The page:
The film crew easily established that all was certainly not well in the Gulf, with medical problems afflicting thousands of people, stemming from both toxic oil and the even more toxic Corexit. Corexit served to disperse the oil, making impossible any assessment or gathering of the bulk of the oil at sea. Corexit was to rain down on the entire region and cause respiratory and skin disorders. But because BP, as the film pointed out, was fined only on the amount of oil found in the environment, dispersing it was essential for them to minimize the fine. Most of the oil from the 5 million gallons that escaped from the Macondo well is actually far under the surface in great plumes, in addition to forming a solid coating on the ocean floor. No wonder that sea life is turning up dead and deformed.
It is surprising how big the oil spill was allowed to get, creating in weeks the biggest environmental disaster in U.S. history. Although it did appear to be out of control, there was, in effect, permission for the whole debacle from "our" soft-on-Big-Oil federal government. As we are also forced to suspect that the oil is mostly still there, spreading inland still from the sad coast, hatred breeds in the sensitive viewer of The Big Fix for both BP and the U.S. government. Corruption of academic oil experts and state environmental officials is rampant, according to The Big Fix, and many of their statements about the disaster are shown to mainly deception. In contrast, featured in the film as a critic of the clean-up at the well-head source was Matt Simmons, petroleum industry investment banker. He was extremely vocal but soon died somewhat mysteriously, as the film narrates.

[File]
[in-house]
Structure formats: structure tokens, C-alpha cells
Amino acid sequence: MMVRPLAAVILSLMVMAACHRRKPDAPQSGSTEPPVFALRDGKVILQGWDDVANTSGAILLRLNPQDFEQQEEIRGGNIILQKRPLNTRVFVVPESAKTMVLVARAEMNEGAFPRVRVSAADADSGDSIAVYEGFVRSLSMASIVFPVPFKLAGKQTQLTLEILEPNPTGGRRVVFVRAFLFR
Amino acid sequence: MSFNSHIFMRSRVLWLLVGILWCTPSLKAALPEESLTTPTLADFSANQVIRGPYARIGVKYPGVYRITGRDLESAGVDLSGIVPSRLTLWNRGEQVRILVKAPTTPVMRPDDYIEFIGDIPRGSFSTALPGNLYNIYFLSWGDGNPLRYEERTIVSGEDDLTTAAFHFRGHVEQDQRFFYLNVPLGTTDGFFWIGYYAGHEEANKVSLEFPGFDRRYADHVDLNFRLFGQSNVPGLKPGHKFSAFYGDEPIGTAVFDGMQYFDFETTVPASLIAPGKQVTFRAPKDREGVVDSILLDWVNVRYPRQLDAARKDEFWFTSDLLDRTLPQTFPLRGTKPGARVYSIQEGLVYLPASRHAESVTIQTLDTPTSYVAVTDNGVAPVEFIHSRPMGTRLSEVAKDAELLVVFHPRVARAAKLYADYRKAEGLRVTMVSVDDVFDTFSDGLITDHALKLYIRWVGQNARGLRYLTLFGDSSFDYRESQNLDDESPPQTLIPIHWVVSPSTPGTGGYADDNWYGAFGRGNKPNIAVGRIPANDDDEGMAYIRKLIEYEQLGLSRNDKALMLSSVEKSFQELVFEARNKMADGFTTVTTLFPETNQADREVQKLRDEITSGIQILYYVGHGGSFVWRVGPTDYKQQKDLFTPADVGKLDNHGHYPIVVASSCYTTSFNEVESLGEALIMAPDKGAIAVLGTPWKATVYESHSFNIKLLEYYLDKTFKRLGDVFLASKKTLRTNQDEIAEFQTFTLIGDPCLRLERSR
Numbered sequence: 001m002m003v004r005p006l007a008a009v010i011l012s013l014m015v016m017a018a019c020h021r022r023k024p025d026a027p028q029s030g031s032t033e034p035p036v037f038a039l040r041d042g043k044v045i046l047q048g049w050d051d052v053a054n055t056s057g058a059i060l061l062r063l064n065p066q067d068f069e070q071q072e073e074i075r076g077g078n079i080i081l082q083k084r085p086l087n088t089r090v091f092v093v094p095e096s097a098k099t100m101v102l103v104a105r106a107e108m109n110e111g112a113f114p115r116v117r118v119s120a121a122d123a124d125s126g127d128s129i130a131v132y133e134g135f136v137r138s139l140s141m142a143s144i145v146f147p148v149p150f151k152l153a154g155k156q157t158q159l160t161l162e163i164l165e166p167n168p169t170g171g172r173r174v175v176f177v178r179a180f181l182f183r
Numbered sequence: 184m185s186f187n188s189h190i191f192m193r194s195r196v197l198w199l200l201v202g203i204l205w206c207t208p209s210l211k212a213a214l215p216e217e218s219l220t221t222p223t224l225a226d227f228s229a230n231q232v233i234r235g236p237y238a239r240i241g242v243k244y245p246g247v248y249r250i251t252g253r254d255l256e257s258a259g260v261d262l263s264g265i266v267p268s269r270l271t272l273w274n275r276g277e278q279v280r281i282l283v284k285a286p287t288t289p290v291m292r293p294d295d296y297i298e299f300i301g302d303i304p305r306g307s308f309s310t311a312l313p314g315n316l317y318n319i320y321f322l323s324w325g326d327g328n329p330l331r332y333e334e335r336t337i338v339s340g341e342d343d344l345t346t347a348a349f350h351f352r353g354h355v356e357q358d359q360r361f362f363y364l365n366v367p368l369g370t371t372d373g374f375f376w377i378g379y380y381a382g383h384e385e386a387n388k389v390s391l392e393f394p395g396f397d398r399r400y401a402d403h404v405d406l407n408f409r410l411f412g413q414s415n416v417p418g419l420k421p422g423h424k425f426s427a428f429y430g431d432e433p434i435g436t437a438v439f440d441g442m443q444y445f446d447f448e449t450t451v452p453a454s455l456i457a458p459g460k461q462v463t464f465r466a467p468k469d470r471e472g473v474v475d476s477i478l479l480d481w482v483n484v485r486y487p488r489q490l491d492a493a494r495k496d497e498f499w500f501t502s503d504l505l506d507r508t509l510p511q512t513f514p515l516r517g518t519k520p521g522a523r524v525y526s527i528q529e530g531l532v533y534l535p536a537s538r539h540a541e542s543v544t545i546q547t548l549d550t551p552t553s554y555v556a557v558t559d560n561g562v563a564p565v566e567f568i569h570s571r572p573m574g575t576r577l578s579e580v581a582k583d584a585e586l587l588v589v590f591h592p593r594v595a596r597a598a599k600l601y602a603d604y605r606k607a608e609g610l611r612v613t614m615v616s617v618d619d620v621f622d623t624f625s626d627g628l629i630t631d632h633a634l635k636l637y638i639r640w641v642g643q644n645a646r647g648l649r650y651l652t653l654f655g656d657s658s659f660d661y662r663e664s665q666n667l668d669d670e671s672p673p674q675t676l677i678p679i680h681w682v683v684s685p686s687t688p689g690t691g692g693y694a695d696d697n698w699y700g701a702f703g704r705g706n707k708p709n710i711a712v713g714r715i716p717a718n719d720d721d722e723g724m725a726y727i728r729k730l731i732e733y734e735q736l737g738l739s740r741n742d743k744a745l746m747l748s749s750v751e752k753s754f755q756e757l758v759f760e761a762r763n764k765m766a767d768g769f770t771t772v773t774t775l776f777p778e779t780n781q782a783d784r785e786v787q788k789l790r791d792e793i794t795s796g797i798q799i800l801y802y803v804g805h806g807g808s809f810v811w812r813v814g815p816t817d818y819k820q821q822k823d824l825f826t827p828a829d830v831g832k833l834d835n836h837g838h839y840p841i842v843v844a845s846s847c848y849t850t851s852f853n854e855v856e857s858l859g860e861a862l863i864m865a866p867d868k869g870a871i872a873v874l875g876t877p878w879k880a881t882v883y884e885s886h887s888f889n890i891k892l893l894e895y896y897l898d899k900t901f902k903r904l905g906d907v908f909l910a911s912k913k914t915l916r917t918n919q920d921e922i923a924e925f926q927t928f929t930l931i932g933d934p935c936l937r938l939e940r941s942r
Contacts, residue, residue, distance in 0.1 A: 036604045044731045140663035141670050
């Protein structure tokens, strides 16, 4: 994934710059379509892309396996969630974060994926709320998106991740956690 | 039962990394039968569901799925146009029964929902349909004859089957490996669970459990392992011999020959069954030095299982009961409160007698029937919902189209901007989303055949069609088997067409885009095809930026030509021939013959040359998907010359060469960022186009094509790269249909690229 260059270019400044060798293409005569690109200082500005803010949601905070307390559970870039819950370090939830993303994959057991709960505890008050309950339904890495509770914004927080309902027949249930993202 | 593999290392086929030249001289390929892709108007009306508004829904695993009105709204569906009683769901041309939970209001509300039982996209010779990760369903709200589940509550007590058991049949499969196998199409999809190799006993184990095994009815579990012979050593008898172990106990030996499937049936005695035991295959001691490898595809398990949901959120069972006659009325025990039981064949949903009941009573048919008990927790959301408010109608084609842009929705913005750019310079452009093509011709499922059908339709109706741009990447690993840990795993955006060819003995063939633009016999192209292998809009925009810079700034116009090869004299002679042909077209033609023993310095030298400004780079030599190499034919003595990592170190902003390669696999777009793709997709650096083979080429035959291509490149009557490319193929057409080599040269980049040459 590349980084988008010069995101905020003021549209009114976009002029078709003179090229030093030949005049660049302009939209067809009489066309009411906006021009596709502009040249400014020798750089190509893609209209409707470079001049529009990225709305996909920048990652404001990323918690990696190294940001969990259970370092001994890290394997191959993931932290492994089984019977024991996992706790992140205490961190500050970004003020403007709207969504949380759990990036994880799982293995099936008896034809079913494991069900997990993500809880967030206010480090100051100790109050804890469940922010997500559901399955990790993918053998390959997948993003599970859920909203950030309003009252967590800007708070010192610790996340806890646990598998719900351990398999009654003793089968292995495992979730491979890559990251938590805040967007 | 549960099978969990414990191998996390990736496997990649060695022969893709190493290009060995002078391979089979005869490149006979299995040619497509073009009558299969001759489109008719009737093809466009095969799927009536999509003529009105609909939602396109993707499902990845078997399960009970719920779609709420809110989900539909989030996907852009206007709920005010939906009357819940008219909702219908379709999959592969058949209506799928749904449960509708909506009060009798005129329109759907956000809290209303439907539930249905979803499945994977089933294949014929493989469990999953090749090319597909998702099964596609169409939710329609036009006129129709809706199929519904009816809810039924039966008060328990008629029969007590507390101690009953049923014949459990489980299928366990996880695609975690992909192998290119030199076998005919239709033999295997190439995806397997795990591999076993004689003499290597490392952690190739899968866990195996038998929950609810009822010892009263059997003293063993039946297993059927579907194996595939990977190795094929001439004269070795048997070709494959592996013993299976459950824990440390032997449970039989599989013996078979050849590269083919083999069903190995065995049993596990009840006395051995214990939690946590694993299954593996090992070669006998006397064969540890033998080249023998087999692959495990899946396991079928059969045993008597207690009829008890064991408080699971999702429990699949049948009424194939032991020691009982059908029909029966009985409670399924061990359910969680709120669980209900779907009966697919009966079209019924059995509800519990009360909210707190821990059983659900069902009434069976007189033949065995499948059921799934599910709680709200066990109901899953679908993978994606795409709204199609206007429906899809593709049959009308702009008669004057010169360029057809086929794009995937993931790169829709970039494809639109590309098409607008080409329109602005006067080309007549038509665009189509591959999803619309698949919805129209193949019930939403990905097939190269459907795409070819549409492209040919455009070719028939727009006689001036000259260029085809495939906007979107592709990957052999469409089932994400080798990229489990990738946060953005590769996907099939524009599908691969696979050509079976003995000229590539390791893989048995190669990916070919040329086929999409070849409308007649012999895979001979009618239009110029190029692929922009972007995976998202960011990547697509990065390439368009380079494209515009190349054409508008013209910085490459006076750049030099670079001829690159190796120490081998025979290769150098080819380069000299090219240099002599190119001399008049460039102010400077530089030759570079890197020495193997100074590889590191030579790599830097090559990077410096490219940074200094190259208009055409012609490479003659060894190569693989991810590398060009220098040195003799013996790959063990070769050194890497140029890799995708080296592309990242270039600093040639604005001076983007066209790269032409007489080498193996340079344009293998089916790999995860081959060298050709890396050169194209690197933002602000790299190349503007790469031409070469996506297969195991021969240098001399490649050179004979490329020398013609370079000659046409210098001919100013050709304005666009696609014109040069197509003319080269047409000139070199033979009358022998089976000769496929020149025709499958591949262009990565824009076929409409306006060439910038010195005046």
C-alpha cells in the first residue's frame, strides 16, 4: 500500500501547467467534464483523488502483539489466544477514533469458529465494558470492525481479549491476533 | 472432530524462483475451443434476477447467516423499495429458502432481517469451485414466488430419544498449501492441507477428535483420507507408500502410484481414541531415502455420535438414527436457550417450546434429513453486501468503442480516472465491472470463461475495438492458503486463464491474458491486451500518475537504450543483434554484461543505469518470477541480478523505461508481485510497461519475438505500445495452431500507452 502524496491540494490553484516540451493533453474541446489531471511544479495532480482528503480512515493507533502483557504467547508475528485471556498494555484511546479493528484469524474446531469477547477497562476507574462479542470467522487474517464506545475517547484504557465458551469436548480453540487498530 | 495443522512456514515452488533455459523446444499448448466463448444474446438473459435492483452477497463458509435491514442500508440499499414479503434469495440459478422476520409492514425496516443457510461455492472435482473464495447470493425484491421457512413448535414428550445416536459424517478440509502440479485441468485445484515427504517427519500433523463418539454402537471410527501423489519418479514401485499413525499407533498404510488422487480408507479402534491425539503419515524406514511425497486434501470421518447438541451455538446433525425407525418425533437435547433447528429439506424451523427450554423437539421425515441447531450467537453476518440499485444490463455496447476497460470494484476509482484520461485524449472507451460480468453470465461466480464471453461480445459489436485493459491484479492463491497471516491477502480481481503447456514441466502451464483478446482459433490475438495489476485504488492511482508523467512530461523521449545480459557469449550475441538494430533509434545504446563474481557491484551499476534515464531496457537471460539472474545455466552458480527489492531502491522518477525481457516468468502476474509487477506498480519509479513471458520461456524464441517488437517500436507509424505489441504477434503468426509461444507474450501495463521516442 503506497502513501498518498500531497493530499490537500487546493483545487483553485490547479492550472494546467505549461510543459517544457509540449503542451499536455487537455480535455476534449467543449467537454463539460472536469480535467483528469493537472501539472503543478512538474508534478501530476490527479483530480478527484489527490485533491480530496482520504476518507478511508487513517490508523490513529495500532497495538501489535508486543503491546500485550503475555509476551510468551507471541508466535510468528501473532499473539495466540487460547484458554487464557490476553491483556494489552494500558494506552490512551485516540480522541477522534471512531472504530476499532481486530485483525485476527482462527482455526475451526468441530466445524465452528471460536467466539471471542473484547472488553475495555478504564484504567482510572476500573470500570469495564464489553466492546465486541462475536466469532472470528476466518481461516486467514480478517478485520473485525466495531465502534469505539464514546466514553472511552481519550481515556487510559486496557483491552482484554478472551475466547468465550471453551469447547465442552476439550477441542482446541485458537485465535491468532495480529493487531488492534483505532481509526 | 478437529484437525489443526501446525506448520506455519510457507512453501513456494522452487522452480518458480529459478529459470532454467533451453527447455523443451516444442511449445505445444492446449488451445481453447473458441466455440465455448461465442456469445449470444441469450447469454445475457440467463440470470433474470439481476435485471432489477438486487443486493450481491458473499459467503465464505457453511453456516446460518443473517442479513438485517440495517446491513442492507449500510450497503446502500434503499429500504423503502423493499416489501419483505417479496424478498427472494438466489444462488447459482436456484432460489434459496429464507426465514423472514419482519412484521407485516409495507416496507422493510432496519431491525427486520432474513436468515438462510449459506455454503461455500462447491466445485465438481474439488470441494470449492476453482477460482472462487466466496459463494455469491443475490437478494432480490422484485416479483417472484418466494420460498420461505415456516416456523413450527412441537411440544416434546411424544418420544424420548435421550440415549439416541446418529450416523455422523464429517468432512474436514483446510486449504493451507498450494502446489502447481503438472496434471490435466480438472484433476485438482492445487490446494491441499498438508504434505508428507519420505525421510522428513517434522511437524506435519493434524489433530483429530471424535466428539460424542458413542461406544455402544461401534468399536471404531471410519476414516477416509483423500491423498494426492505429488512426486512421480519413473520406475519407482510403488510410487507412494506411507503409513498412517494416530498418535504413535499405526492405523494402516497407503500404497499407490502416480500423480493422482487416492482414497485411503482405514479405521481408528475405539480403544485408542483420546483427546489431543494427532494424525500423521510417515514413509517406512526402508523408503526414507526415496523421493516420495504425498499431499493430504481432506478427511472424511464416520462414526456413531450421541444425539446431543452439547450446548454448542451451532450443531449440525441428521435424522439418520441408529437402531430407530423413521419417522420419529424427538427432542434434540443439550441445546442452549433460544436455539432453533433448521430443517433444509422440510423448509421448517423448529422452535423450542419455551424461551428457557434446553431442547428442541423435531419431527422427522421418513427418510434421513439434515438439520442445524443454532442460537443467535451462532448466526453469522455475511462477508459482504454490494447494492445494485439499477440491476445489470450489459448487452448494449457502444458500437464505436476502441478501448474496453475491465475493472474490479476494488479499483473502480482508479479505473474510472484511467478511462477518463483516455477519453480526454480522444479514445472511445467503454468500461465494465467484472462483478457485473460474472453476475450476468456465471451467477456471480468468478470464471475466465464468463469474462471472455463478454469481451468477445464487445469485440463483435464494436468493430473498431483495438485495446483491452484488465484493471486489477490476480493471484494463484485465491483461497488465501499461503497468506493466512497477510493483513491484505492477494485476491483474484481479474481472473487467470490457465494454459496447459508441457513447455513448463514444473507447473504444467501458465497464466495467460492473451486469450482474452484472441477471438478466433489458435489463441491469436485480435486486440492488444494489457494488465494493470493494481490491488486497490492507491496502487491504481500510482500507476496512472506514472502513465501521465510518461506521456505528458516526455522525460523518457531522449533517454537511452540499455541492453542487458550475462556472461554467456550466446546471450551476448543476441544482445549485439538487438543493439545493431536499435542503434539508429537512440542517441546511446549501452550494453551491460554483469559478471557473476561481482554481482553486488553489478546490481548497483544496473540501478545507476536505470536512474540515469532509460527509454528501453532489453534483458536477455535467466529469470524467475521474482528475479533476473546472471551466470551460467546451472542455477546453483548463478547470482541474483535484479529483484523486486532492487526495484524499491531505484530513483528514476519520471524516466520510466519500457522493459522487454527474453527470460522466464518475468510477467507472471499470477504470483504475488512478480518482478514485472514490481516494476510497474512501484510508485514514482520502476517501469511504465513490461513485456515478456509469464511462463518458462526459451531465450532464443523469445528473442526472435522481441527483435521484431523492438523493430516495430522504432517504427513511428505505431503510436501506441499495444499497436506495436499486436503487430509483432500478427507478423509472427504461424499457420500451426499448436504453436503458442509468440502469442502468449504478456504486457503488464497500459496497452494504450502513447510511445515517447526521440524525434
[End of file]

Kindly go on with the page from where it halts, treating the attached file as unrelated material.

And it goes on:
A number of solid, well-known journalists and academics round out the sleuthing done by the filmmakers, exposing the specific corruption in dollar amounts that swayed the public about the disaster. Louisiana is shown for its oily politics as a colonial region for exploitation. For this film Josh and his wife Rebecca Tickell found living, homegrown heroes and villains, as well as many a victim of oil and Corexit. Sadly, Rebecca turned out to be one as a result of her curiosity and diligence for The Big Fix. In the film it does not say how she made out, but this reviewer is glad to report she appears today to be in very good health.
One anti-oil activist voiced criticism of the film after a pre-release screening in April. He supports the film's excellent aspects, but he was disappointed that "the film wound up with the message of 'Go out and protest!' -- then to see little else was suggested for action when at the end of the movie the two filmmakers are just riding their bus and burning fuel off into the sunset." This was incongruent, the activist said, "because oil is horrible and the filmmakers were being wasteful instead of catching trains." I heard the bus is outfitted for using ethanol, but maybe the availability of E85 fuel was poor for the trip. The ethanol aspect was not shown in the movie.